I am a fan of the Getting Things Done, or GTD if you prefer, system by David Allen for most of what I need to be done. And while my execution of the system is flawed and erratic, I have long since loved and used his Natural Planning Process for most of my one-man projects at work and home. I even once made this simple diagram while reading and rereading the details of the process in David Allen’s book and I keep a copy on my wall at work where I can always see it:

[Image removed due to incompatibility issues in IE]

So I met with my son and reviewed these questions – trying to help him see where we can do better next time. In discussing what “wild success” means, it became clear that the video could have been made much cooler than it already is. When translating “wild success” to “the most awesome thing you could imagine your project doing at the end”, he responded, “It could have ninja laser robots worked into it somewhere.”

So there you have it from one wiser than me. Plan your french revolution properly, and laser ninja robots might just save the day. Of course, as it is, the teacher kept a copy and shared it with every class he had that day. Imagine what would have happened, had we hit the wild success of the laser ninja robots worked into the story line as well.

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Continuous Change

Change, family, Life as it is, Mistakes, Spiritual Journey

A very long time ago, I was introduced to the idea of continuous improvement – or to use the japanese term, kaizen. Nowadays it means a lot of formal processes and is an integral part in LEAN processes and Six Sigma and such, but when I first heard it 25 years ago, I only knew it was a powerful idea about continuous improvement – and that it had possibilities in work or in one’s life.

I’d love to tell you that I embraced it, and lived it fully, and give you a field report of what its like to have lived 25 years of continuous change. But I can’t.

Circles and Neon

My problem with continuous improvement – or even slight improvement – is that it involves change. And like Monk once said, “I don’t mind change, as long as I am not there when it happens.” And when I am busy trying to not make any mistakes, or do that perfectionism thing, I become rigid and inflexible – and so I resist change. And then that continuous improvement thing just can’t breathe and dies.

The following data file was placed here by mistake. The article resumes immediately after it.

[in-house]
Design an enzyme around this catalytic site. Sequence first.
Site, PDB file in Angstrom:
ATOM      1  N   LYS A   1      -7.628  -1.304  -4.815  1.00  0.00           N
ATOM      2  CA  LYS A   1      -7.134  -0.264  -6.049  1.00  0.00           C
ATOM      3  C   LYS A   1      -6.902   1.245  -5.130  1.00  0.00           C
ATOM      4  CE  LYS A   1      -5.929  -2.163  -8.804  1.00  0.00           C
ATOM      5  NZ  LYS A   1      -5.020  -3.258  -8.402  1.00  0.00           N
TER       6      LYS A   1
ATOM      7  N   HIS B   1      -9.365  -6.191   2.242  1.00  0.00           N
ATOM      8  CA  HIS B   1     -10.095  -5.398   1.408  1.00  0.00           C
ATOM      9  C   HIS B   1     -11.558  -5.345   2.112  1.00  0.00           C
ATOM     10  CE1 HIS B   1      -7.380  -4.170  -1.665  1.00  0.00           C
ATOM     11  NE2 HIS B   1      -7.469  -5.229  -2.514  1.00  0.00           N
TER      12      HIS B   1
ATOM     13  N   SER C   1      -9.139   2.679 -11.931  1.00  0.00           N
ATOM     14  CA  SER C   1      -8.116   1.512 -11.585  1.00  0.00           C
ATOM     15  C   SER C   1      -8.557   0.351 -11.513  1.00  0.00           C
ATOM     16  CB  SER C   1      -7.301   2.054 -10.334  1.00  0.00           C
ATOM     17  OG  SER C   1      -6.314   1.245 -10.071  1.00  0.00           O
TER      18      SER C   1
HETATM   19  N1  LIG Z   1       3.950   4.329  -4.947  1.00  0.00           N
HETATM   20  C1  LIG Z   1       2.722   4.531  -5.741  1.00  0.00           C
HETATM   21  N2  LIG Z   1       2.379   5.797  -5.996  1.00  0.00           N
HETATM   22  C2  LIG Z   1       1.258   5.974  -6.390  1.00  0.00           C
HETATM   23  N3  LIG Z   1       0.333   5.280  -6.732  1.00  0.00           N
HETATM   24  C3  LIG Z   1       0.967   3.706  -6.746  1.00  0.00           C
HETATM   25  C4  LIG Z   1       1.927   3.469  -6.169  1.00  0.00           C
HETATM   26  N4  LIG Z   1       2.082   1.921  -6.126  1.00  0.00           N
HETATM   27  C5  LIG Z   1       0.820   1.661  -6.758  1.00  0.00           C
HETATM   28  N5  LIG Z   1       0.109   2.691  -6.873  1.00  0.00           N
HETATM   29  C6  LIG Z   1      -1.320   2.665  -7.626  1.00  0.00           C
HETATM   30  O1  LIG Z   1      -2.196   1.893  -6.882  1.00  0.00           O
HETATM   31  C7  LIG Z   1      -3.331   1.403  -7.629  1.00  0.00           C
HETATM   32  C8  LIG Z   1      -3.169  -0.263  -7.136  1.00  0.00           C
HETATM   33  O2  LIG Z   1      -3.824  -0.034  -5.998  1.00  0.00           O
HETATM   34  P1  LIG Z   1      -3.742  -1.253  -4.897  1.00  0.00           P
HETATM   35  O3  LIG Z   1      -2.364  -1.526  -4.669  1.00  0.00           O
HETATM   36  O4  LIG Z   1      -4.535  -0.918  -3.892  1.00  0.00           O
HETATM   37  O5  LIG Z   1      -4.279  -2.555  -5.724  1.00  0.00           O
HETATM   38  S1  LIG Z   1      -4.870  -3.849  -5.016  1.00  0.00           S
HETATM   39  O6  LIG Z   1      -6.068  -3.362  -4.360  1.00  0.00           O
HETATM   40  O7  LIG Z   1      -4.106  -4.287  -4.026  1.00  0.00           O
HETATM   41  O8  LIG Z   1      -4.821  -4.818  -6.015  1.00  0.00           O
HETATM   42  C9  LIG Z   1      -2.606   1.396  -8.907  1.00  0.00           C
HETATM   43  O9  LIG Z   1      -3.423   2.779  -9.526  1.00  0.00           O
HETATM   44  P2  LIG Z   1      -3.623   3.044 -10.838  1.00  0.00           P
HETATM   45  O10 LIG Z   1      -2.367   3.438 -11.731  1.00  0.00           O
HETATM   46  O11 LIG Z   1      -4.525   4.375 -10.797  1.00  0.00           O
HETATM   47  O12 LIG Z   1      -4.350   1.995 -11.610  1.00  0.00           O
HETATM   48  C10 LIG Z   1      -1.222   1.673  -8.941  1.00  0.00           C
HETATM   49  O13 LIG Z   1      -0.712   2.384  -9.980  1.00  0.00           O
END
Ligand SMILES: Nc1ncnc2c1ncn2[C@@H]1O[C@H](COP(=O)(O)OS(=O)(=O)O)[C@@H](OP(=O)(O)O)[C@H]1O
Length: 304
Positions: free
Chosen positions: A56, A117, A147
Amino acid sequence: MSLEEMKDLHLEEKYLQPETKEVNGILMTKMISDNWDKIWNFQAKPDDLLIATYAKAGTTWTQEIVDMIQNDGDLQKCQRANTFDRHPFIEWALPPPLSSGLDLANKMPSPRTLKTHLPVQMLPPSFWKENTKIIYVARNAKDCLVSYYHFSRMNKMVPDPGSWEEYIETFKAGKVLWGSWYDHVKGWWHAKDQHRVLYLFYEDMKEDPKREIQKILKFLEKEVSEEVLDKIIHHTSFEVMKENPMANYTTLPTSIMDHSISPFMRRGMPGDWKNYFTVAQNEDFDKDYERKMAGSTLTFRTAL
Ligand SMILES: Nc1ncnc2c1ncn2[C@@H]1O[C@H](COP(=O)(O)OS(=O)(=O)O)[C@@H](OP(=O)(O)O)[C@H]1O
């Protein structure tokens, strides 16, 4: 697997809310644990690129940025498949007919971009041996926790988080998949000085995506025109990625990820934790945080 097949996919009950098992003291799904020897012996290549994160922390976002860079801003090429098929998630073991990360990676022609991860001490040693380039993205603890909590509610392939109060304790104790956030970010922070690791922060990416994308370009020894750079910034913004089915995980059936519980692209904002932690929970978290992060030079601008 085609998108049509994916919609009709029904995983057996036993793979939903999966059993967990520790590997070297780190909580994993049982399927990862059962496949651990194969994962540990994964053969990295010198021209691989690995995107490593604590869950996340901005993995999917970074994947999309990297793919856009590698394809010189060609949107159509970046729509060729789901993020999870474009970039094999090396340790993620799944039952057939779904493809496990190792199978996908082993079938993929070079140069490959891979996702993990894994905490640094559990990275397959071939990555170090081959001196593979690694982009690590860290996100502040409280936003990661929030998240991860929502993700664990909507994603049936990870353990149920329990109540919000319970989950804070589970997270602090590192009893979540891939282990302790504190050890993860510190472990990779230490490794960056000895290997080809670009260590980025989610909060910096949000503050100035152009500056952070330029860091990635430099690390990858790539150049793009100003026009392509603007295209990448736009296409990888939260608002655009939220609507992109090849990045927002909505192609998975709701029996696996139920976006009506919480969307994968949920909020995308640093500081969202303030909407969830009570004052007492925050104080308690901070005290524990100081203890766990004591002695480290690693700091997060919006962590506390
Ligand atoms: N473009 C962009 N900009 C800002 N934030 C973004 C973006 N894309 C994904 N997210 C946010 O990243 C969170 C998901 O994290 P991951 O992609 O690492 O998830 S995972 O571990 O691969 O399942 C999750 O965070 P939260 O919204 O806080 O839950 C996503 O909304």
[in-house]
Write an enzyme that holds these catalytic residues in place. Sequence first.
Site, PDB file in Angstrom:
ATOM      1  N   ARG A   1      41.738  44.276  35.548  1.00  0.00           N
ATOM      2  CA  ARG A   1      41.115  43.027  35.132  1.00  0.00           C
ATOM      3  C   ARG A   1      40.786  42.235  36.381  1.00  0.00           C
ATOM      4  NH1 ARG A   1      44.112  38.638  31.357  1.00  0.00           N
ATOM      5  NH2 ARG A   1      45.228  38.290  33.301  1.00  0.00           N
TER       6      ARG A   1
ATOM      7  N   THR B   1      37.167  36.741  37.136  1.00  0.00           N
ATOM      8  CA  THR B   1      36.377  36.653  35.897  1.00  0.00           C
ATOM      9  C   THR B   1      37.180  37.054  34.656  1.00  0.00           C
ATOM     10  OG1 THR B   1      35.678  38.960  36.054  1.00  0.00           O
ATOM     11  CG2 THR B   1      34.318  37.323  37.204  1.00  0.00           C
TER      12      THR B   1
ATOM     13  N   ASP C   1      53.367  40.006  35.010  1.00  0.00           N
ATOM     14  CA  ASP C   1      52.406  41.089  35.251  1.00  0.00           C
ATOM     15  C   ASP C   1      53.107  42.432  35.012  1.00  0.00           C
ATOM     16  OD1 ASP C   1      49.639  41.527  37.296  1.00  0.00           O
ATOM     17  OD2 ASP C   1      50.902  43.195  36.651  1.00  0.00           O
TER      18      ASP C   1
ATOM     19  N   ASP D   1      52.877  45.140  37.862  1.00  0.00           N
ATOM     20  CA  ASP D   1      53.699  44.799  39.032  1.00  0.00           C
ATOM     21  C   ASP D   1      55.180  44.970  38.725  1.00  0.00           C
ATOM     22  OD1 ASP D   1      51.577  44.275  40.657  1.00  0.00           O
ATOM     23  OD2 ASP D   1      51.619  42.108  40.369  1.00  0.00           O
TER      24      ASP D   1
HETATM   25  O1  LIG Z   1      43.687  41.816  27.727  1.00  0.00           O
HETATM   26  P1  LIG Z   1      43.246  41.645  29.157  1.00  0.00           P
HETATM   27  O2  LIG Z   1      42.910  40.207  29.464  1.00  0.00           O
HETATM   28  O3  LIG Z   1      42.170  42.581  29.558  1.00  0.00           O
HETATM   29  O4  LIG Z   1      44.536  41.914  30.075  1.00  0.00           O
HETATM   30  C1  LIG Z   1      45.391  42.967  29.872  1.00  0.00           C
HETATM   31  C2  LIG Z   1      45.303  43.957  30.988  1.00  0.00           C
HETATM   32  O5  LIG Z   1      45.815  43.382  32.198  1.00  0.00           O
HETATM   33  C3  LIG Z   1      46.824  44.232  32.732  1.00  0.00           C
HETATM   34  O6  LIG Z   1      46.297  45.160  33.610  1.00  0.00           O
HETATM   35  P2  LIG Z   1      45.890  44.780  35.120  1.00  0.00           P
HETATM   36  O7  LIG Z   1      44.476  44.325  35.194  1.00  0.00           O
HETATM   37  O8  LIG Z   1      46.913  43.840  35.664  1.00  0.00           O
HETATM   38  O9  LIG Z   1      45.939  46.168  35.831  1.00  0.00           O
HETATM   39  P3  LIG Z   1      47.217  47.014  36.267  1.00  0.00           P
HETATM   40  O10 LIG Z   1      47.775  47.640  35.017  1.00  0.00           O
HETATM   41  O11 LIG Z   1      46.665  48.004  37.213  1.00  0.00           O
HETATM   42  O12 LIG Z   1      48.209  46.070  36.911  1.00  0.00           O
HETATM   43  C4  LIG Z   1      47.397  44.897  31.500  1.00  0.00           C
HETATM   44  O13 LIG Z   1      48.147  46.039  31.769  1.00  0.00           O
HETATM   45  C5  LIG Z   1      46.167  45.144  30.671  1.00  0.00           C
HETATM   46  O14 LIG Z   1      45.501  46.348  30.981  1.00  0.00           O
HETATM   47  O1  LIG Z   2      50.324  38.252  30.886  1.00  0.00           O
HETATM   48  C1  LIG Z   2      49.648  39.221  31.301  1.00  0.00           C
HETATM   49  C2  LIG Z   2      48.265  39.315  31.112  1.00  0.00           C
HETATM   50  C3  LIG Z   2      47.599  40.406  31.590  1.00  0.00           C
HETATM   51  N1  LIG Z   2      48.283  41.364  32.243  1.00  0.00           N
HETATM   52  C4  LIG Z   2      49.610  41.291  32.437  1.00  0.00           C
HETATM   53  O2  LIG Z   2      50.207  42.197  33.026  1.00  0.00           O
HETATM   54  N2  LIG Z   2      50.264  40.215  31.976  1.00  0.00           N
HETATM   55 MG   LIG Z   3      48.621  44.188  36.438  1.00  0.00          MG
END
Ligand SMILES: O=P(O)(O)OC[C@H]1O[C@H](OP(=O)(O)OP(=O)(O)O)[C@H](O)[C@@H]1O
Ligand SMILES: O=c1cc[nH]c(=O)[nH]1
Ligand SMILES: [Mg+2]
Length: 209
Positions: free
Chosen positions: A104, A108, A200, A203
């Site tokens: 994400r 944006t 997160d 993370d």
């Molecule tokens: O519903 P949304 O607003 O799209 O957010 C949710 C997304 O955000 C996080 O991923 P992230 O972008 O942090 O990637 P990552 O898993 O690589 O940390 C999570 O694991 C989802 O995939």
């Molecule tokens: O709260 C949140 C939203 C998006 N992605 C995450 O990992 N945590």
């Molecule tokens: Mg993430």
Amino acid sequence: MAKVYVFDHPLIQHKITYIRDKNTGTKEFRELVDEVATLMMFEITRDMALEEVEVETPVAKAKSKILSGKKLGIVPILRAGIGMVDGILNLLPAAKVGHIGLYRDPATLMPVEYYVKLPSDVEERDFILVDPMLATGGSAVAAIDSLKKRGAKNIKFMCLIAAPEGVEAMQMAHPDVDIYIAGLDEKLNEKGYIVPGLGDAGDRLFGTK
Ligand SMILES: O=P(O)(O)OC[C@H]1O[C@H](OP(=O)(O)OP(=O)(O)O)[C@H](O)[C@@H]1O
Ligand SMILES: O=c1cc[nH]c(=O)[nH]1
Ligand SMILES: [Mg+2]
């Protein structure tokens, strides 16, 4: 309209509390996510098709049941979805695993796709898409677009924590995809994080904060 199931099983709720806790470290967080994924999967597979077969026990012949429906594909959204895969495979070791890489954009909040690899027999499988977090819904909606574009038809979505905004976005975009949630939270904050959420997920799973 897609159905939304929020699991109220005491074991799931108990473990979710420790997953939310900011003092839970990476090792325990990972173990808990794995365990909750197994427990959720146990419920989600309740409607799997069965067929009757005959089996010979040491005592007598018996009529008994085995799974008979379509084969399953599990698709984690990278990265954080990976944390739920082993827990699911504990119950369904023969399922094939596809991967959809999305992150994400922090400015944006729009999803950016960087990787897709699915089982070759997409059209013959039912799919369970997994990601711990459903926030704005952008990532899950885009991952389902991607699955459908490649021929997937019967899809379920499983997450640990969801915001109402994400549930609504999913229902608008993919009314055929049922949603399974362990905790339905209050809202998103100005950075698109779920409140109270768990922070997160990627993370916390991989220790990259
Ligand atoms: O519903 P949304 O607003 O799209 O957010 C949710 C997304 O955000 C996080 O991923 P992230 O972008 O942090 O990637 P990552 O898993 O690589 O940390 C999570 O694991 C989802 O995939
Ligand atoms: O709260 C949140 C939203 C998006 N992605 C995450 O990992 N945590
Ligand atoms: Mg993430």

But this is on my mind at the moment for a few reasons. First, I am about to experience a significant amount of change in my life as my daughter will return home soon. And secondly, I have recently come to the realization that change is an intrinsic part of improvement.

My son and I have been living together alone for most of the past year, since my daughter was hospitalized. And while it hasn’t been perfect, it has – for the most part – worked. That is, it has worked in a way that is a change from the way things did not work when last my daughter lived here. So as much joy as I feel to have my wonderful daughter back in my daily life, I also feel some fear of the unknown.

They must often change, who would be constant in happiness or wisdom.
–Confucius

Things were not working well before, and then things did work, and that move from not working to working is both a change and an improvement. This next change is coming – and it can be an improvement. (While all improvement must be a change, not all change is an improvement.)

So as I have considered this and looked at it, and given myself permission to feel the feelings as long as it doesn’t keep me from getting things done that need to happen for this to work, I thought I would share some of the ideas that I am having on the subject:

  • I am the author of my life and so I can write this next chapter – or at least outline and start it – the way I think it could go. This is a rejection to the passivity that I used to have to change, and means I have a chance to influence the change to be an improvement. Maybe even a big improvement.
  • The only place I can author this change is in my choices of what I do. I don’t get to choose for anyone else what they will do. Trust me, I’ve tried, and it doesn’t work. But my own choices, that is where the rubber meets the road.
  • Some of the changes coming may be changes I will really enjoy. Like going to the symphony with my daughter again and shooting with our cameras.